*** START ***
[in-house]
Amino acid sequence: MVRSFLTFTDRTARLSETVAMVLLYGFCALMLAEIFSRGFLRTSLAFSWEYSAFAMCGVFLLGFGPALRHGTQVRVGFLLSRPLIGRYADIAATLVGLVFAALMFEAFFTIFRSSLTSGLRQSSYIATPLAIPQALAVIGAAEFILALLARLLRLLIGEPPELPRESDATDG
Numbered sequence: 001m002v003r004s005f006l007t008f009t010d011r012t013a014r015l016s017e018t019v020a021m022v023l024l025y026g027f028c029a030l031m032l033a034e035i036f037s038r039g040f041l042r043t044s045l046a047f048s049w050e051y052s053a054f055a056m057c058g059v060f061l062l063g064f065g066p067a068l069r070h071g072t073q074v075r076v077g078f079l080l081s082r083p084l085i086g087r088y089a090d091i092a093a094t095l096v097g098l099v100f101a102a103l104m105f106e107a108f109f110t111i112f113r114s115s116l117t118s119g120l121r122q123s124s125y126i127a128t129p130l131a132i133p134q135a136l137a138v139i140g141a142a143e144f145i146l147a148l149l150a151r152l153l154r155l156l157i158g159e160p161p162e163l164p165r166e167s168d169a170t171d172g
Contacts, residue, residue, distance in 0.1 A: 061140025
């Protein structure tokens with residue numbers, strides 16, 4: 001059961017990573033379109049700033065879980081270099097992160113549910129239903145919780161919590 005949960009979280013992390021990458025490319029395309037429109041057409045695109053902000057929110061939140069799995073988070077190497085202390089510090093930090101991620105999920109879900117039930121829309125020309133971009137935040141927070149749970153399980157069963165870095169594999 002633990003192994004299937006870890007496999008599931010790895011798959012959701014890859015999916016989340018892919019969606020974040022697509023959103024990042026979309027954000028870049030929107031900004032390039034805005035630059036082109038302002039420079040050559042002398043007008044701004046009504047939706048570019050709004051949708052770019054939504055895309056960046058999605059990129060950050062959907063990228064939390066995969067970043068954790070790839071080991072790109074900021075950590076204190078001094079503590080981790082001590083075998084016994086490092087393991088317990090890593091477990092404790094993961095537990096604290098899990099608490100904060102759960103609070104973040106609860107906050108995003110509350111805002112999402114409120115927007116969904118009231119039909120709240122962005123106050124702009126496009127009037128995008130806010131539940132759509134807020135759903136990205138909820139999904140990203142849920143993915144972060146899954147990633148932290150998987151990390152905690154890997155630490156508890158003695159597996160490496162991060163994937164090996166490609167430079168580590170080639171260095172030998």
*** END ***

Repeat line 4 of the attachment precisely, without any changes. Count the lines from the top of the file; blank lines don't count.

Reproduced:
Contacts, residue, residue, distance in 0.1 A: 061140025